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$\newcommand{\R}{\mathbf R}$ For a cell $e$ in a CW complex, we write $\partial e$ to denote $\bar e-e$. Note that $\partial e$ may not be the topological boundary of $e$ in $X$.

A CW complex structure on a topological space $X$ is said to be regular if each cell in $X$ admits a characteristic map which is a homeomorphism.

I am trying to show that

Conjecture. Let $e^k_\alpha$ be a $k$-cell and $e^n_\beta$ be an $n$-cell in a regular CW complex such that $k<n$. If $e^k_\alpha\cap \partial e^n_\beta\neq \emptyset$, then $e^k_\alpha\subseteq \partial e^n_\beta$.

My reason of thinking that the above conjecture is true is Theorem 2 which is proved below.

Theorem 1. There is no embedding of $S^n$ in $\R^n$.
Proof. By the Borsuk-Ulam theorem, any continuous map $S^n\to \R^n$ admits a pair of antipodal points in $S^n$ which have the same image. Thus there does not exist an injective continuous map $S^n\to \R^n$, proving the theorem.

Invariance of Domain.
Let $f:U\to \R^n$ be an embedding of an open subset $U$ of $\R^n$ into $\R^n$. Then $f(U)$ is open in $\R^n$.

Theorem 2. Let $e_\alpha^{n-1}$ and $e_\beta^n$ be $(n-1)$ and $n$-cells respectively in a regular CW complex. Assume that $e^{n-1}_\alpha\cap \partial e^{n}_\beta\neq \emptyset$. Then $e^{n-1}_\alpha\subseteq \partial e^n_\beta$.
Proof. Since $\partial e^n_\beta\subseteq X^{n-1}$ and $e^{n-1}_\alpha$ is open in $X^{n-1}$, we have $e^{n-1}_\alpha\cap\partial e^n_\beta$ is open in $\partial e^{n}_\beta$. Note that $e^{n-1}_\alpha\cap \partial e^{n}_\beta\neq \partial e^n_\alpha$. For otherwise we would have an embedding of $S^{n-1}\cong \partial e^n_\beta$ into $\R^{n-1}\cong e^{n-1}_\alpha$, contrary to Theorem 1. This helps us invoke Invariance Of Domain to conclude that $e^{n-1}_\alpha\cap \partial e^n_\beta$ is open in $e^{n-1}_\alpha$. But since $\partial e^n_\beta$ is compact, we also know that $\partial e^n_\beta\cap e^{n-1}_\alpha$ is closed in $e^{n-1}_\alpha$. Therefore if $e^{n-1}_\alpha\cap \partial e^n_\beta\neq \emptyset$, the connectedness of $e^{n-1}_\alpha$ forces $e^{n-1}_\alpha\subseteq \partial e^n_\beta$.

Here is my attempt in trying to prove the conjecture. Let $e^n_\beta$ be an $n$-cell in a regular CW complex and let $e^{n-1}_1, \ldots, e^{n-1}_p$ be all the $(n-1)$-cells which intersect $\partial e^n_\beta$. Thus by Theorem 2 we have $e^{n-1}_i\subseteq \partial e^n_\beta$ for all $i$. Further, since $\partial e^n_\beta$ is compact, we can in fact write $\bar e^{n-1}_i\subseteq \partial e^n_\beta$. Therefore $C:=\bigcup_{i=1}^p \bar e^{n-1}_i$. Now $C$ is a closed subset of $\partial e^n_\beta$. If I can show that $C$ is the whole of $\partial e^n_\beta$ then I can use induction of the dimension of a cell to prove my conjecture. So on the contrary assume that $C$ is properly contained in $\partial e^n_\beta$. Then $O=\partial e^n_\beta\setminus C$ is a non-empty open subset of $\partial e^n_\beta$. Thus $O$ is homeomorphic to an open subset of $S^{n-1}$. Now $O$ is covered by "parts of" finitely many cells of dimension less than $n-1$. This seems intuitively impossible. This also raises the following question:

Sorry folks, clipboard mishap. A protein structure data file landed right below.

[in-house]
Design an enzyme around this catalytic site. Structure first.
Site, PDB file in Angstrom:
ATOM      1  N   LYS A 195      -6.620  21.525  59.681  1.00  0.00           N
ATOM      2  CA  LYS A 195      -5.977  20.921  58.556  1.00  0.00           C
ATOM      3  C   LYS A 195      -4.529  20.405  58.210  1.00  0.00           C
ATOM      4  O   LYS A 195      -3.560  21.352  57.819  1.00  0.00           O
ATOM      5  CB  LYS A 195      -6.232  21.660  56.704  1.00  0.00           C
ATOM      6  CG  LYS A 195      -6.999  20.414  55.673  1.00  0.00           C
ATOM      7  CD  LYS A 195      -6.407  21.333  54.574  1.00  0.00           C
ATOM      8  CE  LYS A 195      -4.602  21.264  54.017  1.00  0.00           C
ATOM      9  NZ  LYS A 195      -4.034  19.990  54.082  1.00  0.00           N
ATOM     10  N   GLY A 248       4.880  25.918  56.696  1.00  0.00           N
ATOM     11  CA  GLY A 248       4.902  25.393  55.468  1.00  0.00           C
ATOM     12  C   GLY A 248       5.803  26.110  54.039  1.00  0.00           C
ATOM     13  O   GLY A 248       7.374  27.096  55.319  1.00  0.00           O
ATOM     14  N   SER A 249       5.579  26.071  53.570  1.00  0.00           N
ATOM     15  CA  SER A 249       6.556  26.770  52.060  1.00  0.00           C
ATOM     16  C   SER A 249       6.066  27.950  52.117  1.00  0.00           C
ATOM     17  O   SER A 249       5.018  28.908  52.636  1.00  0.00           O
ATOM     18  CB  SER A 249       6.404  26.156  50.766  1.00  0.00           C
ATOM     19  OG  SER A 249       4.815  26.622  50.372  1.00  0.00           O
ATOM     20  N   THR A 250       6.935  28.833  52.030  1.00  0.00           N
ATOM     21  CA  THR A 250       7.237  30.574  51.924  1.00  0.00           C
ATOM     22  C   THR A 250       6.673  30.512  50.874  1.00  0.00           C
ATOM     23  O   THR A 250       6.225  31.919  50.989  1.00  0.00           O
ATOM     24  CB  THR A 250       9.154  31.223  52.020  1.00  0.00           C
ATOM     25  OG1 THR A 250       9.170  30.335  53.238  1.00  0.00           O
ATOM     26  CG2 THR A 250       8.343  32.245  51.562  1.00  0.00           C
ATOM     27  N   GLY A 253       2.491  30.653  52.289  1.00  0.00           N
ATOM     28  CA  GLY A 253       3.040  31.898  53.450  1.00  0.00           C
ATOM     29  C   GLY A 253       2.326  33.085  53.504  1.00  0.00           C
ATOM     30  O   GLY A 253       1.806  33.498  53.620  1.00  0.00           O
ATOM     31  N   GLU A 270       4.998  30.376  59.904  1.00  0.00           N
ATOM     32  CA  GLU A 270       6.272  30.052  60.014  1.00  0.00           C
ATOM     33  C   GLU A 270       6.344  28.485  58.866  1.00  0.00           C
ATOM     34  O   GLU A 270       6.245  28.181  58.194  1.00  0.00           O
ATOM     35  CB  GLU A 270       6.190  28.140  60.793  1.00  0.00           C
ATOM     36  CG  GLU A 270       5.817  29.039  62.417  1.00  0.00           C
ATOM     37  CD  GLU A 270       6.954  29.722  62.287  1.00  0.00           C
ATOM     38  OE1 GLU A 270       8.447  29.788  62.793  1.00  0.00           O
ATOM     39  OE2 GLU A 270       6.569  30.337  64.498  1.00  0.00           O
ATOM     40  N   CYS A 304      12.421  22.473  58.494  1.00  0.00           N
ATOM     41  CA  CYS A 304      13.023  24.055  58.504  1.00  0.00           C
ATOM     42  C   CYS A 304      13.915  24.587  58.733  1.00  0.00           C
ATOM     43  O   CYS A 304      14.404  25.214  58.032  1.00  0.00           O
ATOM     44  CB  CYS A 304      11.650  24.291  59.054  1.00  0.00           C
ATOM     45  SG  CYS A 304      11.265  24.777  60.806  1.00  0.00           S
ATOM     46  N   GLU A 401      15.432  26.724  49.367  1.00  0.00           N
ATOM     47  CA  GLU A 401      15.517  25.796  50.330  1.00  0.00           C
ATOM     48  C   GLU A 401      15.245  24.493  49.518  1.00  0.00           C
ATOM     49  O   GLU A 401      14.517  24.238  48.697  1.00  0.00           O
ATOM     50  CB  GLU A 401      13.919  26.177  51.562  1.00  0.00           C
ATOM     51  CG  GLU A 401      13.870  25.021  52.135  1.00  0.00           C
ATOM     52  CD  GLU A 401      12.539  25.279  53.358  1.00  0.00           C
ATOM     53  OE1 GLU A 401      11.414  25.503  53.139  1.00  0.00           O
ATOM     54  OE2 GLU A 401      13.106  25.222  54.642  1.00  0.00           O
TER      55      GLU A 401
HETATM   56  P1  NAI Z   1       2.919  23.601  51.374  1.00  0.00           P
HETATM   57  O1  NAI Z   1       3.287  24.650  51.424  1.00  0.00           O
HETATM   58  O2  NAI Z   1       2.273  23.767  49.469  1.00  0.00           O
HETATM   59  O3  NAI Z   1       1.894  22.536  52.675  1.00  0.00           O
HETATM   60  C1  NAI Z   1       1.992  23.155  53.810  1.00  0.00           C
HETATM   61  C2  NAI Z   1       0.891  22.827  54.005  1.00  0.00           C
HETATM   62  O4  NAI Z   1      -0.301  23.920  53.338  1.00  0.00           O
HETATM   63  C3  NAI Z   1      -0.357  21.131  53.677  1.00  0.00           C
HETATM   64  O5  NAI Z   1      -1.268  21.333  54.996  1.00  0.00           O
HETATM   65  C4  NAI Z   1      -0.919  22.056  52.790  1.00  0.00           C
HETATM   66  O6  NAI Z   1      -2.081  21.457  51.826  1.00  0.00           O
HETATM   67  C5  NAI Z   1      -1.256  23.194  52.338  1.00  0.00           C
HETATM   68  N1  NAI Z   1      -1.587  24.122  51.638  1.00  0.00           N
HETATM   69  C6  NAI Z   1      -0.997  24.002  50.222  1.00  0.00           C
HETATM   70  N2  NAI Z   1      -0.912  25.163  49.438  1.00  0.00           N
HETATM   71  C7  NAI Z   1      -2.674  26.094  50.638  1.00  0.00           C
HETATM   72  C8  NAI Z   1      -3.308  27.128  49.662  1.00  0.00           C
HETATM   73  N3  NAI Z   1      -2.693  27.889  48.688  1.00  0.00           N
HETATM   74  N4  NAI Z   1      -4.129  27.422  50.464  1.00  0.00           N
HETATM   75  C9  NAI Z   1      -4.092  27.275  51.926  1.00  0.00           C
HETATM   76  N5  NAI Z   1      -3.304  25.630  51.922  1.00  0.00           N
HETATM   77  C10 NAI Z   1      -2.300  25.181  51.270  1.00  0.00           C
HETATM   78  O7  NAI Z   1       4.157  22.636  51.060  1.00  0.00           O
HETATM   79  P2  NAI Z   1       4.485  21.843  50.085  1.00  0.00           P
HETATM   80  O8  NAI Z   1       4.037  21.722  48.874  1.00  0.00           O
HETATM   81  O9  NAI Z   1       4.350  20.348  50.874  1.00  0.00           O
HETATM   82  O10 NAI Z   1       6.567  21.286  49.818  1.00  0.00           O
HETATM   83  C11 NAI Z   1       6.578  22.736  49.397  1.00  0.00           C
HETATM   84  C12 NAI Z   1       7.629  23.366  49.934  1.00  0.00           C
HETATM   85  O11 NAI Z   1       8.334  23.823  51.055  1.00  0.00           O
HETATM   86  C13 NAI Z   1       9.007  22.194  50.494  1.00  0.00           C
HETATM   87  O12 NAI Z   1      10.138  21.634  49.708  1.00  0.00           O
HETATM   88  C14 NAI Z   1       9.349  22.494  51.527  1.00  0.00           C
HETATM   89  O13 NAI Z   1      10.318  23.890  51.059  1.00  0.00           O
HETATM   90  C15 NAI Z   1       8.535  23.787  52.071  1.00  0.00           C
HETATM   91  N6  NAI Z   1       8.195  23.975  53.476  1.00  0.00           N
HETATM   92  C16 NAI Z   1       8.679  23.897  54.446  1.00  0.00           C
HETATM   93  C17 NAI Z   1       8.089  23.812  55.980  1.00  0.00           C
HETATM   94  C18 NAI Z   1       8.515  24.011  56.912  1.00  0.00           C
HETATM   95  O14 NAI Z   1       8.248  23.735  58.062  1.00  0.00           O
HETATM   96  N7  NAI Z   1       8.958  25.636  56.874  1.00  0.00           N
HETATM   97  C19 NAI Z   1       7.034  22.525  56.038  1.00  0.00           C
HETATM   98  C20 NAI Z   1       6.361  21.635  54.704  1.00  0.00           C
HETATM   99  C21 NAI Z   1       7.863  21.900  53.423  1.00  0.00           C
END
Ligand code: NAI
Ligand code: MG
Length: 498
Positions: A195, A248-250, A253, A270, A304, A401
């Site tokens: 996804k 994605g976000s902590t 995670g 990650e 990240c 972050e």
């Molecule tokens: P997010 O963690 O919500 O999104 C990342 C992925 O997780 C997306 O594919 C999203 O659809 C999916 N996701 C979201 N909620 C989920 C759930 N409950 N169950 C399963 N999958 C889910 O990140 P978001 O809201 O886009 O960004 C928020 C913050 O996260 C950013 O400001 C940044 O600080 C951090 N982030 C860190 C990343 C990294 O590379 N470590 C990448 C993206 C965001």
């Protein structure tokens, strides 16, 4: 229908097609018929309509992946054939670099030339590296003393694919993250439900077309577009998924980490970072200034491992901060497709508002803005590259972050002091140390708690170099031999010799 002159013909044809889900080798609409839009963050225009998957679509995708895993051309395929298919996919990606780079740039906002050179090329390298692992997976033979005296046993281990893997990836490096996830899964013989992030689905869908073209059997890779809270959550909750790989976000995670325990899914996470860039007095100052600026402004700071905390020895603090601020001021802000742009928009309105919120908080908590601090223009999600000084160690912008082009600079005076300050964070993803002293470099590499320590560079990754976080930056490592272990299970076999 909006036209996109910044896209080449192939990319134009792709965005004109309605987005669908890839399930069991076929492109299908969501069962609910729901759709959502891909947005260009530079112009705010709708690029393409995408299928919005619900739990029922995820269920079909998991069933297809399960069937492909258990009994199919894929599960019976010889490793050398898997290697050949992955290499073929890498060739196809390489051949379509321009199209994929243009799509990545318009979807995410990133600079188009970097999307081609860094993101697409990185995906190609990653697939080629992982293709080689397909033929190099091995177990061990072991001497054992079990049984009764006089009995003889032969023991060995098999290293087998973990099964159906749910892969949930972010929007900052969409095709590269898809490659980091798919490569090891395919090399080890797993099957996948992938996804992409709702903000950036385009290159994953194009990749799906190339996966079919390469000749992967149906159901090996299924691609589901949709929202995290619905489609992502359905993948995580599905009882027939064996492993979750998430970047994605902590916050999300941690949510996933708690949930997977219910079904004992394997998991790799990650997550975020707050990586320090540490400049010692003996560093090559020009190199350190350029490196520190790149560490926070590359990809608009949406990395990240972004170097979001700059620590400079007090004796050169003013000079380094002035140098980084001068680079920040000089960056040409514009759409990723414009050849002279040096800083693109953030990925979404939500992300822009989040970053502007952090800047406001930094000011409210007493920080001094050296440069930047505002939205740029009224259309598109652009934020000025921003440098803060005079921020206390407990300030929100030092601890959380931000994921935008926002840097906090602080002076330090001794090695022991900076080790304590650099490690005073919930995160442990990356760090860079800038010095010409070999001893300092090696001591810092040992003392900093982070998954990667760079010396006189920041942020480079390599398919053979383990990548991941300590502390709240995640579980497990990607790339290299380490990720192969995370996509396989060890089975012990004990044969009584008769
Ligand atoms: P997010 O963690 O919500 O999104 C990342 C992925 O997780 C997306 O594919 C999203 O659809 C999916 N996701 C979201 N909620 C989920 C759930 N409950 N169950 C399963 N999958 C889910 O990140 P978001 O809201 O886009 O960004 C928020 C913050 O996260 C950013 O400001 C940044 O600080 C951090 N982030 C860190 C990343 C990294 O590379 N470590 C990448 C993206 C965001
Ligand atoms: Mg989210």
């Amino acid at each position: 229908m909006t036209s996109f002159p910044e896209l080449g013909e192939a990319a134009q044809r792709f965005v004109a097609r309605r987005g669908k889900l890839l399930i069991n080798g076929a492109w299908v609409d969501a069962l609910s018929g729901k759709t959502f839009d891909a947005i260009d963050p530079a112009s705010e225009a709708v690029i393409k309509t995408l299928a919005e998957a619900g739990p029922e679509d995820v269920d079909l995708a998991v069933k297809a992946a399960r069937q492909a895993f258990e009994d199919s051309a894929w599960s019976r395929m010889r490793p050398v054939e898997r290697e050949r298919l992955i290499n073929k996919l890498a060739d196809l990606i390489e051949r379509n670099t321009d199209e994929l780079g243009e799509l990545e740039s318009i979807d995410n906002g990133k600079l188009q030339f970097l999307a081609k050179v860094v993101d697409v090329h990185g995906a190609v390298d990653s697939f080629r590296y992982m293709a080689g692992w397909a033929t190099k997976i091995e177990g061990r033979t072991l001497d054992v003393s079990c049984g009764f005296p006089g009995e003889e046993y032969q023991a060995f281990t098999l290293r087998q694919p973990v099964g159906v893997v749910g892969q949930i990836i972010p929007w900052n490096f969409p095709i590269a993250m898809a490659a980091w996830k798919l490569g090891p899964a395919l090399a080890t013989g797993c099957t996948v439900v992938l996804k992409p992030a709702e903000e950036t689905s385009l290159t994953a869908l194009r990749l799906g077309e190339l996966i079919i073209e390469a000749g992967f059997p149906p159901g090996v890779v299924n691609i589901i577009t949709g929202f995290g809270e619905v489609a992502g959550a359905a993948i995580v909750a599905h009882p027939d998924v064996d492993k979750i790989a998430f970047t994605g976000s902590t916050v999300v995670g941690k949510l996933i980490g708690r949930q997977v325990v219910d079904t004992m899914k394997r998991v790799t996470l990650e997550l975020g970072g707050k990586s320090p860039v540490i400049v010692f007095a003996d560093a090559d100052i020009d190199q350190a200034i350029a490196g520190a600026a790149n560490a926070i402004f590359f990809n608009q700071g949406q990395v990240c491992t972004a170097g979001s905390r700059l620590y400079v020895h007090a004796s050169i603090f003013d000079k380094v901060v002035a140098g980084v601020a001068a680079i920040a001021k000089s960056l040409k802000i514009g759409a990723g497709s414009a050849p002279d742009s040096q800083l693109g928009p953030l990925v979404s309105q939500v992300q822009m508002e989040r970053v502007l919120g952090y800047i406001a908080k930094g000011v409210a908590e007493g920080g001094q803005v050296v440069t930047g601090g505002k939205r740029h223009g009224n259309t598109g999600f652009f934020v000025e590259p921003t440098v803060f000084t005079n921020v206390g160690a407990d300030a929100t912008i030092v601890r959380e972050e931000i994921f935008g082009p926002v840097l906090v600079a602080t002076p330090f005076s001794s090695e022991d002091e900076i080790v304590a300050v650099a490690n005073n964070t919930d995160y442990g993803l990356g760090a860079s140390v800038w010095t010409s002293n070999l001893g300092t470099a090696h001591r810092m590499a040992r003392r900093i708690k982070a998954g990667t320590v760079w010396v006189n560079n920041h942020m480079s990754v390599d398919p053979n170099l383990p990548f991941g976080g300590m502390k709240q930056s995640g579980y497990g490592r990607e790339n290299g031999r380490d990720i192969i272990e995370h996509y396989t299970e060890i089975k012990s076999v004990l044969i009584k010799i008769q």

Question. Can we give $\R^n$ an $(n-1)$-dimensional (possibly infinite) CW structure?

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Concerning your question, the answer is no. Suppose that $\mathbb{R}^n$ has an $(n-1)$-dimensional CW structure (which by the way must be infinite, since otherwise it would imply that $\mathbb{R}^n$ is compact). Then, let $e$ be a top dimensional cell (with dimension $n-1$). Take $p \in e - \partial e$. Then, $p$ has an open neighbourhood homeomorphic to some open subset of $\mathbb{R}^{n-1}$. However, since our space is $\mathbb{R}^n$, this open set must be also an open subset of $\mathbb{R}^n$. But an standard argument using invariance of domain shows that no open set of $\mathbb{R}^k$ is homeomorphic to an open set of $\mathbb{R}^l$ if $k \neq l$.

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  • $\begingroup$ Oh so we are merely using the fact that a top dimensional cell in open. Nice. $\endgroup$ – caffeinemachine Feb 9 '16 at 16:21
  • $\begingroup$ Yes. By the way, your proof of your "conjecture" sounds OK to me. $\endgroup$ – TopologicalGuy Feb 9 '16 at 16:23
  • $\begingroup$ I am not able to formally put the last line where I say an open set in $S^{n-1}$ is a union of "parts of" finitely many ... Can you please help me with that? $\endgroup$ – caffeinemachine Feb 9 '16 at 16:54
  • $\begingroup$ Just observe that $\partial e^n_\beta$ is itself a CW complex. Now you can argue as before: a point in $O$ must have an open neighbourhood homeomorphic to an open neighbourhood of an euclidean space of dimension less than $n-1$, which at the same time is an open neighbourhood of $S^{n-1}$... $\endgroup$ – TopologicalGuy Feb 9 '16 at 17:31
  • $\begingroup$ I am unable to see that $\partial e^n_\beta$ is a CW complex. By $\partial e^n_\beta$ I mean $\bar e^n_\beta-e^n_\beta$. Can you please elaborate as to how can we view this is as a cell complex. $\endgroup$ – caffeinemachine Feb 9 '16 at 17:37

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